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The Word of the Lord Is Upon Me: The Righteous Performance of Martin Luther King, Jr. Hardcover – April 4, 2008


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Product Details

  • Hardcover: 408 pages
  • Publisher: Belknap Press; First Edition edition (April 4, 2008)
  • Language: English
  • ISBN-10: 0674028228
  • ISBN-13: 978-0674028227
  • Product Dimensions: 6.5 x 1.3 x 9.6 inches
  • Shipping Weight: 1.6 pounds
  • Average Customer Review: 4.2 out of 5 stars  See all reviews (4 customer reviews)
  • Amazon Best Sellers Rank: #1,507,285 in Books (See Top 100 in Books)

Editorial Reviews

From Booklist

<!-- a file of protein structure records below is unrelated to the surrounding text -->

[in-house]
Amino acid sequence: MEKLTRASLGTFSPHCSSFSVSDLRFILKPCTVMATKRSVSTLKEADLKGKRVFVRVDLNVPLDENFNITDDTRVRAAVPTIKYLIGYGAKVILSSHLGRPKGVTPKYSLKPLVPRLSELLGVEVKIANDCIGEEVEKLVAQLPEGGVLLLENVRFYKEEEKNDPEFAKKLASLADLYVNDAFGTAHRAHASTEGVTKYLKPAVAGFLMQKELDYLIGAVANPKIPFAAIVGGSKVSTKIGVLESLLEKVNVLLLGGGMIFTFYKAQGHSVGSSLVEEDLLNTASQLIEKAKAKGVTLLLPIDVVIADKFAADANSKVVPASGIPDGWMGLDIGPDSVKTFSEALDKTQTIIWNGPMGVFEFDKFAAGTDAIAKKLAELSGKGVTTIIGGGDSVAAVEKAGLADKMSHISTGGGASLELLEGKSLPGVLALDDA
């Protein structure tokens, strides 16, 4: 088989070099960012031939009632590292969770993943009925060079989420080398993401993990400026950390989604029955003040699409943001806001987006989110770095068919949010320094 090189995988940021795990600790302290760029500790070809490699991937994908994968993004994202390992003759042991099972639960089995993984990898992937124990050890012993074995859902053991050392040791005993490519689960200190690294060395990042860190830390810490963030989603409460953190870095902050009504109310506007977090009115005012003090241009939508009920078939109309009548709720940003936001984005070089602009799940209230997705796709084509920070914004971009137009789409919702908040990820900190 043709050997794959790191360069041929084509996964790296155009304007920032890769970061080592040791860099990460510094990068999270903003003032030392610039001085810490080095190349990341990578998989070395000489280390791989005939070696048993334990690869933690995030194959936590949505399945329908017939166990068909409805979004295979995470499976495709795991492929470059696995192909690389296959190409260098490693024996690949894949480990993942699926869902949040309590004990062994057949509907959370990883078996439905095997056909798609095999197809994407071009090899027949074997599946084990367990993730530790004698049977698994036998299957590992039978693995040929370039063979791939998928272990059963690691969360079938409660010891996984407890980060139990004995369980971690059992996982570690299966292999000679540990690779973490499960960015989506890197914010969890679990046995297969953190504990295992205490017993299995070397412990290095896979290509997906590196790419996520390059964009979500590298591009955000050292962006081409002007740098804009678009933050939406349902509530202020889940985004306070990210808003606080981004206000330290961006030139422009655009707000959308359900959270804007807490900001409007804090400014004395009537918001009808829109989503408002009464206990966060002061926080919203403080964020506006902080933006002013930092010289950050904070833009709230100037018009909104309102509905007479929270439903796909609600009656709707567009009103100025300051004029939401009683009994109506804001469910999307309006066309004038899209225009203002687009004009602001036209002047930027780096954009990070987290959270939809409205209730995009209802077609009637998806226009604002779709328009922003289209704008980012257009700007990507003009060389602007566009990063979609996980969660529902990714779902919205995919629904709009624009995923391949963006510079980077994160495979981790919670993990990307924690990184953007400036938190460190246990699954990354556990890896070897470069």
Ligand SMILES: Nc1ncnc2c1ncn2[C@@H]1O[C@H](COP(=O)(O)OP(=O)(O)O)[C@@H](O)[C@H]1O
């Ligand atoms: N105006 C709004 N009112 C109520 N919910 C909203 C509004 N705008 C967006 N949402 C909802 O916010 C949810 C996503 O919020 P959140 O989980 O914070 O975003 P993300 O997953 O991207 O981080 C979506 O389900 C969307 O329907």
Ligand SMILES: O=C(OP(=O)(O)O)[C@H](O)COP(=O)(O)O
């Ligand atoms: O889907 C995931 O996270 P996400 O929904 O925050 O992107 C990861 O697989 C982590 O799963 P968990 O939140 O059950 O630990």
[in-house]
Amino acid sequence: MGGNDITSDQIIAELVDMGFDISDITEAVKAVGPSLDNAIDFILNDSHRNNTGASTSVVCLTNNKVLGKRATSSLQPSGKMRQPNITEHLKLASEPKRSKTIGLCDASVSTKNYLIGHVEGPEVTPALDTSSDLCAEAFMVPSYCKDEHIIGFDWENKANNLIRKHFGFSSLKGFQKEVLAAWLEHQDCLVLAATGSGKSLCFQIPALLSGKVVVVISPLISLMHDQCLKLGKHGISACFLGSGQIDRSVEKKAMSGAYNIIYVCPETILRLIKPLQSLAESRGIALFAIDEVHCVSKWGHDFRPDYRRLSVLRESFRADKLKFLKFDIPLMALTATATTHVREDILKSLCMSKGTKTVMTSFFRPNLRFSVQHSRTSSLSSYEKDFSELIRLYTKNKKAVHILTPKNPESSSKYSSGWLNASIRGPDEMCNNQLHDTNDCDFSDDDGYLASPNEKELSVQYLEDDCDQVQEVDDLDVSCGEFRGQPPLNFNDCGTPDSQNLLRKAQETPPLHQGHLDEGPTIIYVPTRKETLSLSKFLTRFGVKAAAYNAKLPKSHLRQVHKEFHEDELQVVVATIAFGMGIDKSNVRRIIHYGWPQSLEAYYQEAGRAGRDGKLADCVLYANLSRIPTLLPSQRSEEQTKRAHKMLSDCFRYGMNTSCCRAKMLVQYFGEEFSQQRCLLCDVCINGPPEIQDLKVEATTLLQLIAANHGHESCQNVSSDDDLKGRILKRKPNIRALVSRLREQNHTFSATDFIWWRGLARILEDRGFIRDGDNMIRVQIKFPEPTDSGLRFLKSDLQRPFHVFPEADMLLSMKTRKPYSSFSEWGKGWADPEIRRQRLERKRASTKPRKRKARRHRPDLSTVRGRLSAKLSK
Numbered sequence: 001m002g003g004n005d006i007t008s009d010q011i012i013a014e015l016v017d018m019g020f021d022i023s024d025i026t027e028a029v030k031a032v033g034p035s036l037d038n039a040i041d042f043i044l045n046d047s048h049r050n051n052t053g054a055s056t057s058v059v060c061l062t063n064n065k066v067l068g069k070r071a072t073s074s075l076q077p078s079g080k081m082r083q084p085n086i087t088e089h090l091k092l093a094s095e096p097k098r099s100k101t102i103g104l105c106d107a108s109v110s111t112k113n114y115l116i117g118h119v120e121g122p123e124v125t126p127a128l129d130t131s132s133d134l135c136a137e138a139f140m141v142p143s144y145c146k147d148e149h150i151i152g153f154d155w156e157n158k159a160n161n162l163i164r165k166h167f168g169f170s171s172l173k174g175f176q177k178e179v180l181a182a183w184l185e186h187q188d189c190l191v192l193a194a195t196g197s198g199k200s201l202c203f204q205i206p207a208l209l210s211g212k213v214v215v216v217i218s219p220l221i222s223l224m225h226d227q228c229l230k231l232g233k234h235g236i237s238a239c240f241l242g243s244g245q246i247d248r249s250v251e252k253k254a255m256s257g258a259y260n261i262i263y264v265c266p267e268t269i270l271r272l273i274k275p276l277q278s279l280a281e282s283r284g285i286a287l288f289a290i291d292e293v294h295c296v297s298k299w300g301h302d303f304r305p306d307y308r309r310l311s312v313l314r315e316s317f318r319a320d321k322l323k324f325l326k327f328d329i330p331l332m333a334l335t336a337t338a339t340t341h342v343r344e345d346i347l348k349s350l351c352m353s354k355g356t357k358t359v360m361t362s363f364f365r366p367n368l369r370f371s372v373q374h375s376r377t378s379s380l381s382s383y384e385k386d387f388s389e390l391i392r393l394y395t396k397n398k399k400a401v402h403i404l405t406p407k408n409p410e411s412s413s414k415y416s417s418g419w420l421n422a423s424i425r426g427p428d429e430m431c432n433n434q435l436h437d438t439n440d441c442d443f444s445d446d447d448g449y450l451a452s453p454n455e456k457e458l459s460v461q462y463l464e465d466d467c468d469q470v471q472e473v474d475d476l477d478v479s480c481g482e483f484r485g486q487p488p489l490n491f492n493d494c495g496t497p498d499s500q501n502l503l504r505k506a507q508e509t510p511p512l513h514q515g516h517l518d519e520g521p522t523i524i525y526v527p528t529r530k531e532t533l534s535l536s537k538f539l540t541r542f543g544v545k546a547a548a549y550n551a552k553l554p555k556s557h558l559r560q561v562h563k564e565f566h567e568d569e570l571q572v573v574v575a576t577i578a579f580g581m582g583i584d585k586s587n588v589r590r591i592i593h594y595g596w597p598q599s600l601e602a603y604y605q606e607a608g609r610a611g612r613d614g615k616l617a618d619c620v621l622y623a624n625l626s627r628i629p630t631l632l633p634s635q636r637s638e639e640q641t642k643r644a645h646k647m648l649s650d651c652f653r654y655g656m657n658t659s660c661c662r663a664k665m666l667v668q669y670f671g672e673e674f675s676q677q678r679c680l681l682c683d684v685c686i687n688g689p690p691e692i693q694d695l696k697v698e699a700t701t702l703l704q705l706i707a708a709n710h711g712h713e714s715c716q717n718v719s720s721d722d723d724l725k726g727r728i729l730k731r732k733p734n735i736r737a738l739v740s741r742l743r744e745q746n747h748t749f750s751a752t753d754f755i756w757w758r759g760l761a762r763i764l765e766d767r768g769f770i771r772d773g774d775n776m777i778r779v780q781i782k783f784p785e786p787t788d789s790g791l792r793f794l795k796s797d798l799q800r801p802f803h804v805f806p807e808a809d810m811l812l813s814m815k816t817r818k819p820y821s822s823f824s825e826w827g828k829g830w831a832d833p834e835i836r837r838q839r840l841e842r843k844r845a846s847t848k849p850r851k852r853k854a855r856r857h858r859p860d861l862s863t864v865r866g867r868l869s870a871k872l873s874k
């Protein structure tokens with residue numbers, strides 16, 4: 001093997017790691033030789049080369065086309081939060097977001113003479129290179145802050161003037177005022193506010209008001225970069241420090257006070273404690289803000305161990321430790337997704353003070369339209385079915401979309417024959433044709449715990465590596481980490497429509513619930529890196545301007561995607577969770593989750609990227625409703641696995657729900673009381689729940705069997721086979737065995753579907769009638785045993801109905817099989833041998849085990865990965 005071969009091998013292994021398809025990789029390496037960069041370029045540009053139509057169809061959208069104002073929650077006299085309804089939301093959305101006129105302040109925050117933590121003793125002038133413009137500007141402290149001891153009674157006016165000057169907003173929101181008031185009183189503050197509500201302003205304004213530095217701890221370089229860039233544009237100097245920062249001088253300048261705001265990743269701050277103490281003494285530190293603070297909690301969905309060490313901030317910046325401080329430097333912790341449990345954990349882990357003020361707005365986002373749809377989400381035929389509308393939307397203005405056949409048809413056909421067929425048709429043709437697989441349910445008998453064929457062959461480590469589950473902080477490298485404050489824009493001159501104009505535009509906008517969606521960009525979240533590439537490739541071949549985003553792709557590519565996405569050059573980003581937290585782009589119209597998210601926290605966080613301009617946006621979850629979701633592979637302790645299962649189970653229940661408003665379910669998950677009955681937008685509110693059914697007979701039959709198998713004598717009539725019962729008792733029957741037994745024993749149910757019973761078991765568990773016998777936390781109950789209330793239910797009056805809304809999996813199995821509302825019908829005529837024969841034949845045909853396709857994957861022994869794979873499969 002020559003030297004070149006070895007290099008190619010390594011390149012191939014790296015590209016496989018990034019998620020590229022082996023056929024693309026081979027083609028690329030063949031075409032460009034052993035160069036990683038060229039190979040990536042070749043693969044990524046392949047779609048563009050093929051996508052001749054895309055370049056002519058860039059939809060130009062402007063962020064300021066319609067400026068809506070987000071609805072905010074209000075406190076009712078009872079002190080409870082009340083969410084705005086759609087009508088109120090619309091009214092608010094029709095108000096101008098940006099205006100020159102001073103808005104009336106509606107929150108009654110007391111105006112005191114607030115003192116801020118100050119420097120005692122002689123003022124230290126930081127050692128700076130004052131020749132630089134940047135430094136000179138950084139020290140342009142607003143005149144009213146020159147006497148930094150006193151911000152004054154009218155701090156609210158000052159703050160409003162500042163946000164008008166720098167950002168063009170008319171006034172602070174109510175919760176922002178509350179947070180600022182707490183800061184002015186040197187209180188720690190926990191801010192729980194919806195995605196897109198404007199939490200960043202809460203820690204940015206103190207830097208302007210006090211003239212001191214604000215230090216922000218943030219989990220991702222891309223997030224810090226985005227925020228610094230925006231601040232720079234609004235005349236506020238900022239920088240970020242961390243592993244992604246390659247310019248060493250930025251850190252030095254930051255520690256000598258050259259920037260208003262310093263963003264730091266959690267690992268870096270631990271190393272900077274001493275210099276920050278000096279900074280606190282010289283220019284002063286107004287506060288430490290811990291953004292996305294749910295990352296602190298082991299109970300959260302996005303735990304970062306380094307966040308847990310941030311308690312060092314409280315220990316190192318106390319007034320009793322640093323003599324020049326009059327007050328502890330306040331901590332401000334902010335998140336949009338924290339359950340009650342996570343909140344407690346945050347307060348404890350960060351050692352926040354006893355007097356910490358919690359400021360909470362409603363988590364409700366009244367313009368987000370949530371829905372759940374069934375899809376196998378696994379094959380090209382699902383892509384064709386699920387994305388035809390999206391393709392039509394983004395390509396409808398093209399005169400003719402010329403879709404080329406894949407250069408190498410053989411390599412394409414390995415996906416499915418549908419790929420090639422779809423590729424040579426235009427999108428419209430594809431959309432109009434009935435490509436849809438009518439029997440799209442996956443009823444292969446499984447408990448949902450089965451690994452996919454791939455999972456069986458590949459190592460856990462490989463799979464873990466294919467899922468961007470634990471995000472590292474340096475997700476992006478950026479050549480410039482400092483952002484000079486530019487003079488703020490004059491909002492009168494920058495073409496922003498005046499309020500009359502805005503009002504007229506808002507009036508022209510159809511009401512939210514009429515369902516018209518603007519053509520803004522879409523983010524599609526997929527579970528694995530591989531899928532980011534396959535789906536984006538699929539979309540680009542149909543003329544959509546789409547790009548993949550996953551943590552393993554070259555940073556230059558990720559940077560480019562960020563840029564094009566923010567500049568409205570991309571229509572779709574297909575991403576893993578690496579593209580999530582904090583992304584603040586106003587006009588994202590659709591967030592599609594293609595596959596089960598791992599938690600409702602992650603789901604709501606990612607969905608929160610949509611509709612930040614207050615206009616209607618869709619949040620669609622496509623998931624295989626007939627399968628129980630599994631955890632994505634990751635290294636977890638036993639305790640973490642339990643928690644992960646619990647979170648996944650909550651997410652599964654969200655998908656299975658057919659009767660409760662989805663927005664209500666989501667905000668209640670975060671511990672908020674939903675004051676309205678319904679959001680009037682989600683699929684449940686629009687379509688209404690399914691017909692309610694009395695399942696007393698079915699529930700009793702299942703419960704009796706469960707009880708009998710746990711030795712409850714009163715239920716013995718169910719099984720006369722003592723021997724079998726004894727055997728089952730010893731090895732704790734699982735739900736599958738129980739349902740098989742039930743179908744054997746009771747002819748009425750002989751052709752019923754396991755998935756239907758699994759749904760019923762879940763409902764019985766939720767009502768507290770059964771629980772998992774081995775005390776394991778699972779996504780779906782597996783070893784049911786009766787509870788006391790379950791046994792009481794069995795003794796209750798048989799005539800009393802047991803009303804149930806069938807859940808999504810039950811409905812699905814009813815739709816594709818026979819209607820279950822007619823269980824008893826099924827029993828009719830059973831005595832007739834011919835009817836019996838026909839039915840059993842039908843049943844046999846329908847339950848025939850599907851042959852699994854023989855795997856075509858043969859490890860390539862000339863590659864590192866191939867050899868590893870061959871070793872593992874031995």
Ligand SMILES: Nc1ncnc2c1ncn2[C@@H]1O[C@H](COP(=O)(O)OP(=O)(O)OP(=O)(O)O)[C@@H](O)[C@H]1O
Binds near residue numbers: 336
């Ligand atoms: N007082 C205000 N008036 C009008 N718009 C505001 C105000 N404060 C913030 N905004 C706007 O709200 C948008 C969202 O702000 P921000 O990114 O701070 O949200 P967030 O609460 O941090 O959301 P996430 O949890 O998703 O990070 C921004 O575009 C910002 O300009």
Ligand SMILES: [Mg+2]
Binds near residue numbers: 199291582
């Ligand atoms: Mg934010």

With the passage of time, those citizens that Americans elevate to the status of secular saints seem to be all things to all people, both conservatives and liberals enjoying claiming Lincoln or Jefferson as their own. It is almost 40 years since Dr. King’s death, and we can see a similar process unfolding as both Republican and Democratic politicians quote or paraphrase his words. Rieder, a professor of sociology, illustrates that King himself consciously facilitated that process. He examines an extensive variety of King’s public speeches and backstage discussions with close associates. It is evident that King chose to tailor his speaking style and occasionally the content of his message to fit his audience. Before southern, black congregations, King was a traditional Baptist preacher. In front of northern and primarily white audiences, his tone was calmer, more nuanced. In unguarded moments, an angrier King is evident as he expresses his frustration with slow racial progress. But the constant in his message was a demand for both compassion and justice that rightfully continues to captivate and inspire his countrymen. --Jay Freeman